The Problem with Evangelicalism and Politics

The latest revelation of the deplorable character of Donald J. Trump reminds us of the problem with conservative evangelicalism and politics: the latter always taints the former. Yes, Trump uttered those disgustingly misogynistic words back in 2005. Yes, that was eleven years ago. But note this: Trump, within the last year, informed the public that he has never asked God for forgiveness because he has never done anything wrong -- nothing worthy for which to ask God forgiveness. (link) Really? Nothing?

Fret not, conservative evangelical Christians, for your trustworthy evangelical brothers have put their stamp of godly approval upon Mr. Trump so that you can vote for him! Sadly, some of you are just naïve enough to follow these blind guides of the blind. (cf. Matt 15:14) Have no fear, friends, for I, too, was once duped into the same spiritual manipulation by these ministerial masters of deception. So, let us recall by name the "spiritual leaders" of the foul-mouthed, foul-hearted, foul-natured Donald J. Trump:

  • James Dobson (Nazarene)
  • Jerry Falwell, Jr. (Southern Baptist)
  • Richard Land (Southern Baptist)
  • Paula White (Charismatic/Word of Faith)
  • Kenneth and Gloria Copeland (Charismatic/Word of Faith)
  • James Robison (Charismatic/Life Outreach)
  • Ronnie Floyd (Southern Baptist)
  • Robert Jeffress (Southern Baptist)
  • David Jeremiah (Southern Baptist)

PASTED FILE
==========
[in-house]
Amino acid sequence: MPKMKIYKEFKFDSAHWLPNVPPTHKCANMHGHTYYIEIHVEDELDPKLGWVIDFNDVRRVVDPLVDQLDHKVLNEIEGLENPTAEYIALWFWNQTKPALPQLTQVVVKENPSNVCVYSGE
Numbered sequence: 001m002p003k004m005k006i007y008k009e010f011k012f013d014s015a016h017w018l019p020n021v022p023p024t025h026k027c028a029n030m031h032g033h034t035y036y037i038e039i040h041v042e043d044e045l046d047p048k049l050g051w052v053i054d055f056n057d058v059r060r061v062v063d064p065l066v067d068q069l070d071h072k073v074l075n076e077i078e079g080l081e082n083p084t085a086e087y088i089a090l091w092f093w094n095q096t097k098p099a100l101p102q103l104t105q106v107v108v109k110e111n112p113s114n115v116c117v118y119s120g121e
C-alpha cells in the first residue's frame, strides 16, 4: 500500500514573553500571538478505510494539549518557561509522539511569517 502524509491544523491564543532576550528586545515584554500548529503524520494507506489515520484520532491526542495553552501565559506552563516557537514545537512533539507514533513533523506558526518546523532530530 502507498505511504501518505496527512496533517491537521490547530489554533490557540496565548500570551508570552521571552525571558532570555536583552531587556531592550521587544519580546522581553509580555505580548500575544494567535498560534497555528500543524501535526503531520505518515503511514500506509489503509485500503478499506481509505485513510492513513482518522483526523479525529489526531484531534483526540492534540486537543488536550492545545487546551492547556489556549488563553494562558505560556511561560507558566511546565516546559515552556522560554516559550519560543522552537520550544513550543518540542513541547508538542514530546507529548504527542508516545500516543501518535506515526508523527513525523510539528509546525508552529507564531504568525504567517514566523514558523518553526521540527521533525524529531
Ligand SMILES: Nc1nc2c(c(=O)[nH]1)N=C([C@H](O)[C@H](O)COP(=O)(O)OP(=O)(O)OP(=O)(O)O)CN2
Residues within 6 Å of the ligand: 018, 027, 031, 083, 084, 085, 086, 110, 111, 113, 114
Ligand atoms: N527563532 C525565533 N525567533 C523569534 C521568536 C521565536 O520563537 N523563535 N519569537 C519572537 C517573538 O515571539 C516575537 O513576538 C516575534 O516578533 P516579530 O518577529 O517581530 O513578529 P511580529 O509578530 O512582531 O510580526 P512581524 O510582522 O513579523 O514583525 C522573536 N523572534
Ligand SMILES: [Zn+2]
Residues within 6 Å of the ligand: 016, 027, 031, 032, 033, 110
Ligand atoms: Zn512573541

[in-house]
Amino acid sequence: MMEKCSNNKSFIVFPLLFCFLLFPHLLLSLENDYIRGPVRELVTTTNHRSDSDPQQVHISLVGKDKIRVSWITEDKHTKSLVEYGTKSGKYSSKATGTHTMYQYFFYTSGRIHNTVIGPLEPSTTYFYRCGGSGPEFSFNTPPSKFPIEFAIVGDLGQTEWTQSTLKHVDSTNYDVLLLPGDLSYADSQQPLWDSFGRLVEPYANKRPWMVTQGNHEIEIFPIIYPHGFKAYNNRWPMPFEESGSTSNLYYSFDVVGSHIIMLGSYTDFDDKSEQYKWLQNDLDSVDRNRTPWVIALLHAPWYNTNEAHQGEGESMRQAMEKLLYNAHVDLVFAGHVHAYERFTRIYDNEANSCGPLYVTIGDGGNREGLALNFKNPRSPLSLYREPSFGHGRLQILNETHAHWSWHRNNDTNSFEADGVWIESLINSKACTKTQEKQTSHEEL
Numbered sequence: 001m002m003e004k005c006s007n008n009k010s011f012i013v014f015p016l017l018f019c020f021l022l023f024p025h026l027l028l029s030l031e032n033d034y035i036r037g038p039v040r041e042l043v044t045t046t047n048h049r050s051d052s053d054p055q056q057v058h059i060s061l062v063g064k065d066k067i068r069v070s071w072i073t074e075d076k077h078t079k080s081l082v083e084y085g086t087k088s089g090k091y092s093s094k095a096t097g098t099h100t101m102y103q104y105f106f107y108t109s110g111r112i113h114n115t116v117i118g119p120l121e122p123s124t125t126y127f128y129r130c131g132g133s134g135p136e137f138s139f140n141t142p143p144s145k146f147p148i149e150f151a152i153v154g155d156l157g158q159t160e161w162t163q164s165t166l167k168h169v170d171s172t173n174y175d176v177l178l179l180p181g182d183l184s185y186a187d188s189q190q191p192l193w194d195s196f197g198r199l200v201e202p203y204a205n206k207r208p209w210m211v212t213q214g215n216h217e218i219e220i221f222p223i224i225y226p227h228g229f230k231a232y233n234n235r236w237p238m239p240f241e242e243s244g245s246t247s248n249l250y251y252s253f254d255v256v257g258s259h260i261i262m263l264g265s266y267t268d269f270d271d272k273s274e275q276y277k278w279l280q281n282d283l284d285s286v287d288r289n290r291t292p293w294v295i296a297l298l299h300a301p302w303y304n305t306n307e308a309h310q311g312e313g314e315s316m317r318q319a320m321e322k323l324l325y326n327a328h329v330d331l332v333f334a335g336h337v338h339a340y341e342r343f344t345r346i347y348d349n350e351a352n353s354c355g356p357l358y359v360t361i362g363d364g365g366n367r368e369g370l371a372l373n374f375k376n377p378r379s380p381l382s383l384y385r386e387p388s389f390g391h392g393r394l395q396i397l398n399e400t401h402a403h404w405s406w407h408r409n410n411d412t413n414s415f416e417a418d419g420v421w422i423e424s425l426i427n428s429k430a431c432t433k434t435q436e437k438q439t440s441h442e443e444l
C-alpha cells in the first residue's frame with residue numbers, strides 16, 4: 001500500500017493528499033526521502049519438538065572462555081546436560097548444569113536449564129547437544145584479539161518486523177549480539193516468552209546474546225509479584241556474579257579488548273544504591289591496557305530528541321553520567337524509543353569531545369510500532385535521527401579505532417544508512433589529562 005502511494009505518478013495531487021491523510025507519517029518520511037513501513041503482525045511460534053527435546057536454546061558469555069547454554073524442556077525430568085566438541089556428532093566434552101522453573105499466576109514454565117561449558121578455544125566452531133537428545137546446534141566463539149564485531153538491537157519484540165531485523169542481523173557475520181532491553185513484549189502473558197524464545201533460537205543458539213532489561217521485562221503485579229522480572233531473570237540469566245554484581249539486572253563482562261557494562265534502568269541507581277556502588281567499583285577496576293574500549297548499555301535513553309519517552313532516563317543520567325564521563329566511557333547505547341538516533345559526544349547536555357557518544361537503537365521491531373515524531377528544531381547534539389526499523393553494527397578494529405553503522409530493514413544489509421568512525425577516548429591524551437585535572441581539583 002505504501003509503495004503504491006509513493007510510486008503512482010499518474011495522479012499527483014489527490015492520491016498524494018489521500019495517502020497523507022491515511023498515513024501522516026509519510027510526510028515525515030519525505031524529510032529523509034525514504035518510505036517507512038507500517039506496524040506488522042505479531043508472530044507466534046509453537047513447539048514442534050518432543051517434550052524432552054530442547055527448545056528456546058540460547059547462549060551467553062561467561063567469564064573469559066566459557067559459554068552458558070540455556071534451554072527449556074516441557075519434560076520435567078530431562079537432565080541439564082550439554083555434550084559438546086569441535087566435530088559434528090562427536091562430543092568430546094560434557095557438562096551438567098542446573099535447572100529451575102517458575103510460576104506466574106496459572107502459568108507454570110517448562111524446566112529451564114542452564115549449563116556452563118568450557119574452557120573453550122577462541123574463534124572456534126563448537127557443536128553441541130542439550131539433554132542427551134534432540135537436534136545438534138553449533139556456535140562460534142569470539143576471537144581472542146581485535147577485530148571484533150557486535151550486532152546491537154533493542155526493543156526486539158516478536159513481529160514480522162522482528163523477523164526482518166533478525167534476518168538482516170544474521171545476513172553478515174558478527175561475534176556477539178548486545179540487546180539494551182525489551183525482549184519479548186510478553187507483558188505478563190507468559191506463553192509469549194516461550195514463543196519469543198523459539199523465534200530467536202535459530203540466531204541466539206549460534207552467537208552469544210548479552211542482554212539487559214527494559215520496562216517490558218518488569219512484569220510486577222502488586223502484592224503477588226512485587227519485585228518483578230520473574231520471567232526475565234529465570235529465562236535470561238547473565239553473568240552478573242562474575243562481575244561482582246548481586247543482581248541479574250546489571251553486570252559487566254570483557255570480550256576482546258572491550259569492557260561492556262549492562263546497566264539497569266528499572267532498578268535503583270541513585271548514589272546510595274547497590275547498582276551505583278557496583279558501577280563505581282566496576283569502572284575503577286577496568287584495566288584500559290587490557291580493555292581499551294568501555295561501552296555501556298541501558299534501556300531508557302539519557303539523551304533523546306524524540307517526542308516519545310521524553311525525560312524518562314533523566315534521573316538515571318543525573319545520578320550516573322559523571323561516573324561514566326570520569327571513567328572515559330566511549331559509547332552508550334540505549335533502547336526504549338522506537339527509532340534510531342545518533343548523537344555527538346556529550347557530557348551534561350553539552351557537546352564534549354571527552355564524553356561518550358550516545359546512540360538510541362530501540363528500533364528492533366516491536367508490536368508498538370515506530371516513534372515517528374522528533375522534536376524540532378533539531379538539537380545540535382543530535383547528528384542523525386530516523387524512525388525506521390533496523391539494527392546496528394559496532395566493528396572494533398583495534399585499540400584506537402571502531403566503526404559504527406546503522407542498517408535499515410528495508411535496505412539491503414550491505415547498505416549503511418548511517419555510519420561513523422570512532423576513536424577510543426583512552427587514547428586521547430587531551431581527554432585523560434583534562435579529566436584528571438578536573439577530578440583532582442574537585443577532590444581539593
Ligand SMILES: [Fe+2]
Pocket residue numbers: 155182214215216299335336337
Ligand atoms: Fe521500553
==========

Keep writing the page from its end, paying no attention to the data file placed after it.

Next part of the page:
• Jack Graham (Southern Baptist)
  • James MacDonald (Calvinist/Independent/Charismatic)
  • Michele Bachmann (Charismatic/Republican Congresswoman)
  • Ralph Reed (Faith and Freedom Coalition leader appointed by Pat Robertson)
  • Robert Morris (Charismatic)
  • Jentezen Franklin (Charismatic) 

I did not list every advisor. At least three people on this list include the Who's Who of veritable heretics (e.g., Paula White, Kenneth and Gloria Copeland)! Two men I respect are included on this list: James Robison and Jentezen Franklin. I will grant them the benefit of the doubt that they, too, have fallen for the conservative evangelical lie: that a vote for Donald J. Trump as a Republican is tantamount to a vote for a pro-life candidate -- that is, in spite of the fact that Trump has mostly been pro-choice, and that he changed his views on the subject five different times within a three-day period. He wants your vote.

We might as well add Franklin Graham to the list of individuals who will be voting for Trump, even though he has not publicly endorsed him, though he might as well endorse him given his constant anti-Hillary Clinton campaign and the fact that he vows to always vote pro-life. In each election cycle Graham tells people, in cry-wolf fashion, that this election is the most important election of our lifetime. (link) He also tells Christians to "vote the Bible," which is conservative evangelical code for "vote Republican." Who does the man think he's fooling? This election cycle Graham is noted as informing the public to vote "the least heathen of the two" candidates. We must, then, vote for Hillary Clinton!